Scanning insects in 3D

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Insects are great, super diverse and come in all shapes and sizes. Many people like the sight of beautiful insects and macro photographers give it their best shot trying to capture its beauty. So too have I decided to buy a DSLR camera with a macro lens and try to shoot some half decent pictures of any spider or insect I come across. Some examples:

 

Mating flies.Mating flies.Oligoneuriella rhenanaOligoneuriella rhenanaScytodes thoracicaScytodes thoracicaSalticus scenicusSalticus scenicus

Although macro photography, when practiced enough, can give amazing results, it always remains just a picture from a single point of view. Australian researchers encountered exactly this problem when working with their insect collection, single point of view photographs simply weren’t enough to study the intricate differences between insect species. Specimens had to be shipped to other researchers for a closer look if they wanted to study them. Nguyen and colleagues decided it was high time to find a solution to this problem.

Scanning insects in 3D

Nguyen and colleagues didn’t just want to design a system which could capture insects in 3D, they wanted to design a system which could both capture insects in 3D in true color and be affordable at the same time (2200 to 3900 euro for the setup). Their solution was to use a standard DSLR camera and a 2-axis turntable to shoot many pictures of the same insect (see figure below). Using this setup, they shot pictures of different viewpoints and different focusing depths which were combined into a 3D model using a computer.

From Nguyen et al. 2014 (see below for full reference).From Nguyen et al. 2014 (see below for full reference).

Of course the computer has to know how to put all these pictures together. To help the computer a bit, they used a disk with a pattern of dots so the computer would be able to combine the different pictures into a proper 3D file (see figure below). The pattern is used by the computer to assess from which angle the picture was taken.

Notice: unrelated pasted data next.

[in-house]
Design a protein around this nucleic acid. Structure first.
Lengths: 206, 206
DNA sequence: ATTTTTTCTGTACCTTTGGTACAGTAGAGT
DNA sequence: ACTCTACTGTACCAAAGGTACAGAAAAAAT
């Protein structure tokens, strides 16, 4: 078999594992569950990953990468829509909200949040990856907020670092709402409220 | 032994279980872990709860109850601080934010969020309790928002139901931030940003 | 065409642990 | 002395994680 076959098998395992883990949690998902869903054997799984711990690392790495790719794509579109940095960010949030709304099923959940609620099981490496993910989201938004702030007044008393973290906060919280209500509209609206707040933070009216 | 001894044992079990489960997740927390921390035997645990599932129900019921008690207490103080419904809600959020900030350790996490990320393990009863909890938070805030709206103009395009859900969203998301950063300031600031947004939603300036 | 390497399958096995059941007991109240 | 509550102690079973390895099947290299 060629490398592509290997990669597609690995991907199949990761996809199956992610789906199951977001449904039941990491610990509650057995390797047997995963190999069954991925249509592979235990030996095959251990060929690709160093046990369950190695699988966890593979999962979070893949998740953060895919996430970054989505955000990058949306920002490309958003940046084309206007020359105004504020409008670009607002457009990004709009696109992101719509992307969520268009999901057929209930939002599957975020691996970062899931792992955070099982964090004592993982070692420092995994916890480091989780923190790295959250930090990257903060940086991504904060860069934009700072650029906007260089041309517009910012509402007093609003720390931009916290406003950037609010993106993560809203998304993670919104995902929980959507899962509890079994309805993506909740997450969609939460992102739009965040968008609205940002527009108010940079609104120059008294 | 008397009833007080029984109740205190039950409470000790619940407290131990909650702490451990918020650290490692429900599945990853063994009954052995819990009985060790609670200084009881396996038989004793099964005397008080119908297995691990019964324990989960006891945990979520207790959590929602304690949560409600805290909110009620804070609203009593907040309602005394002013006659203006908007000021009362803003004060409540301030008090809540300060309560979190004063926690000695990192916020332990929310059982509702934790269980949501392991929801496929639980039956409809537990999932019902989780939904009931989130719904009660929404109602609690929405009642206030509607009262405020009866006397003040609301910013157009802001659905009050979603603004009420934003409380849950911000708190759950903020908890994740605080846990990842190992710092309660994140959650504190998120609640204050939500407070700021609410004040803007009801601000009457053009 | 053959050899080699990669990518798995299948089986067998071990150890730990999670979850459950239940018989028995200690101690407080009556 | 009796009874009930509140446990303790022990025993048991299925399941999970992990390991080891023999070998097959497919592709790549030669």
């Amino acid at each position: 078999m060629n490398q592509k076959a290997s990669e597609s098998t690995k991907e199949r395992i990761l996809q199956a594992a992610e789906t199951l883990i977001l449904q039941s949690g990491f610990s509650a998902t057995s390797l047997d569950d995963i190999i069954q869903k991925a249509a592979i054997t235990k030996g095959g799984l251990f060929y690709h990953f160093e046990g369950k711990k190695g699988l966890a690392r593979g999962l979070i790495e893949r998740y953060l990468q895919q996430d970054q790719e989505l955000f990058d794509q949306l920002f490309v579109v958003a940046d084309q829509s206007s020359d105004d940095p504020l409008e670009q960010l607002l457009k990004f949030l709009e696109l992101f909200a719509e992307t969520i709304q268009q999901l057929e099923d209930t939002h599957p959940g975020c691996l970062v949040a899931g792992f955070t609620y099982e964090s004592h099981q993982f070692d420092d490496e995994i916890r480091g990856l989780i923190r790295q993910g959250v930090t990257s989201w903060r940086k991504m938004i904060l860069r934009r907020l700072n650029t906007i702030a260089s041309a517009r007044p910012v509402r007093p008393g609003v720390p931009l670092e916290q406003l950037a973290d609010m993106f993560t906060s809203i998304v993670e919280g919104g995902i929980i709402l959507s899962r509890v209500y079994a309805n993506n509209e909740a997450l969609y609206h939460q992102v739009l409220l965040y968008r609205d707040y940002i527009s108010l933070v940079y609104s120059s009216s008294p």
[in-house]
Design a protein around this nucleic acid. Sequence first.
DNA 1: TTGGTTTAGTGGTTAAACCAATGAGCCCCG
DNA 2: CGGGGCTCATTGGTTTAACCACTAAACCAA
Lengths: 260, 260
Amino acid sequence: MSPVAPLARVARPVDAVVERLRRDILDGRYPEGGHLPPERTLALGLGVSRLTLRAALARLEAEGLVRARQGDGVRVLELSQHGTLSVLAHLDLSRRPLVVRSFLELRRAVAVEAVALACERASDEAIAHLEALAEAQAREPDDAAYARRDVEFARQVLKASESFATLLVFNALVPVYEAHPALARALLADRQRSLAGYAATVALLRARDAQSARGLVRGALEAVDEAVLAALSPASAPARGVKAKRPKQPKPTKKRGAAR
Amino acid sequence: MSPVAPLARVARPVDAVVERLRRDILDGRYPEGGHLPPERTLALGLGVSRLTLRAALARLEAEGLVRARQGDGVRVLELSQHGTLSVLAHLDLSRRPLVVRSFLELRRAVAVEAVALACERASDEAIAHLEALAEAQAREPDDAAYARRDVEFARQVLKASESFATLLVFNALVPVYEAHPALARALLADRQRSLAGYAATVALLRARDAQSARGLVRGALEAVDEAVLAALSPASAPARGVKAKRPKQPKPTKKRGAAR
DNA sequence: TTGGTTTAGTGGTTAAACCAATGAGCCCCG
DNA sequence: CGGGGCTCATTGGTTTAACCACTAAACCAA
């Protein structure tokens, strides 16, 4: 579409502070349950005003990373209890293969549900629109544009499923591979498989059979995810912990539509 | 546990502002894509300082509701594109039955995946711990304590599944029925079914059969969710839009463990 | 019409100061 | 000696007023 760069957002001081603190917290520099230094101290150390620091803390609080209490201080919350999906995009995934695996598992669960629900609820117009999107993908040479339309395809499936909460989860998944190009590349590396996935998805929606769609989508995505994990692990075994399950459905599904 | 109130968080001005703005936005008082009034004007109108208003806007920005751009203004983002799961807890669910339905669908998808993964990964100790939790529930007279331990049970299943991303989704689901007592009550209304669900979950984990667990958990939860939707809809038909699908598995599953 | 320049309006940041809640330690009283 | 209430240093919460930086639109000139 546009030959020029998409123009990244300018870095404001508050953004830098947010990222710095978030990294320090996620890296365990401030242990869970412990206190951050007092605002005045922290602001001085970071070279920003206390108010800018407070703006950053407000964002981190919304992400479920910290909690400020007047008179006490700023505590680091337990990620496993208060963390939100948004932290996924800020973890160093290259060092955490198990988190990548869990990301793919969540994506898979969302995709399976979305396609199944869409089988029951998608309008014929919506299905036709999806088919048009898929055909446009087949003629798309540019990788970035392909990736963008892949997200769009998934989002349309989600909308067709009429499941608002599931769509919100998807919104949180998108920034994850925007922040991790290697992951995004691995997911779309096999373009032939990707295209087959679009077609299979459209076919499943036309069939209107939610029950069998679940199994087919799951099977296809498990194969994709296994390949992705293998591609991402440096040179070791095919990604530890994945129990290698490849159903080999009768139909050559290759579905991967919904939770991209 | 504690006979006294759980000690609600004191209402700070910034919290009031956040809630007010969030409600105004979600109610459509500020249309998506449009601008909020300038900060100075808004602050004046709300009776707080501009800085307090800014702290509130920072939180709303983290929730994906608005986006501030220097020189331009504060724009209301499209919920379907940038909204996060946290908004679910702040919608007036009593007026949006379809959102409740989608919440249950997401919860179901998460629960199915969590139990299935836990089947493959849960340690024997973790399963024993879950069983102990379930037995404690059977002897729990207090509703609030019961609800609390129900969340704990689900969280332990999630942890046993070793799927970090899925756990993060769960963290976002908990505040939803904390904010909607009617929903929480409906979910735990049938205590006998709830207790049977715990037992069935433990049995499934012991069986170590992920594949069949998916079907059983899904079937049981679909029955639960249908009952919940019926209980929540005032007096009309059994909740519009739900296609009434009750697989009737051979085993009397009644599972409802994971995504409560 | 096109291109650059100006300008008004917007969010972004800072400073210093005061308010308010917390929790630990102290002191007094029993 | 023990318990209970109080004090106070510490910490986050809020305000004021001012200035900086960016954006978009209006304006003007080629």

From Nguyen et al. 2014 (see below for full reference).From Nguyen et al. 2014 (see below for full reference).

The result

Their method was able to make beautiful 3D scans of insects. As is seen in the granary weevil below. They even present several examples online, were you yourself can look at insects from all angles! Take a look here to see for yourself.

 

From Nguyen et al. 2014 (see below for full reference).From Nguyen et al. 2014 (see below for full reference).

All in all, they developed an awesome technique to share the beauty of insects with the entire world. And for that, I thank them.

Reference

Nguyen CV, Lovell DR, Adcock M, La Salle J (2014) Capturing Natural-Colour 3D Models of Insects for Species Discovery and Diagnostics. PLoS ONE 9(4): e94346. doi: 10.1371/journal.pone.0094346

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Like Loading…August 4, 2014November 14, 201800In General, InsectsTags , ,

About author

Chris Jacobs (Chris Jacobs)

Evolutionary biologist, eco-evo-devo | seek to increase the understanding of science | PostDoc @ Max Planck Institute for Chemical Ecology.

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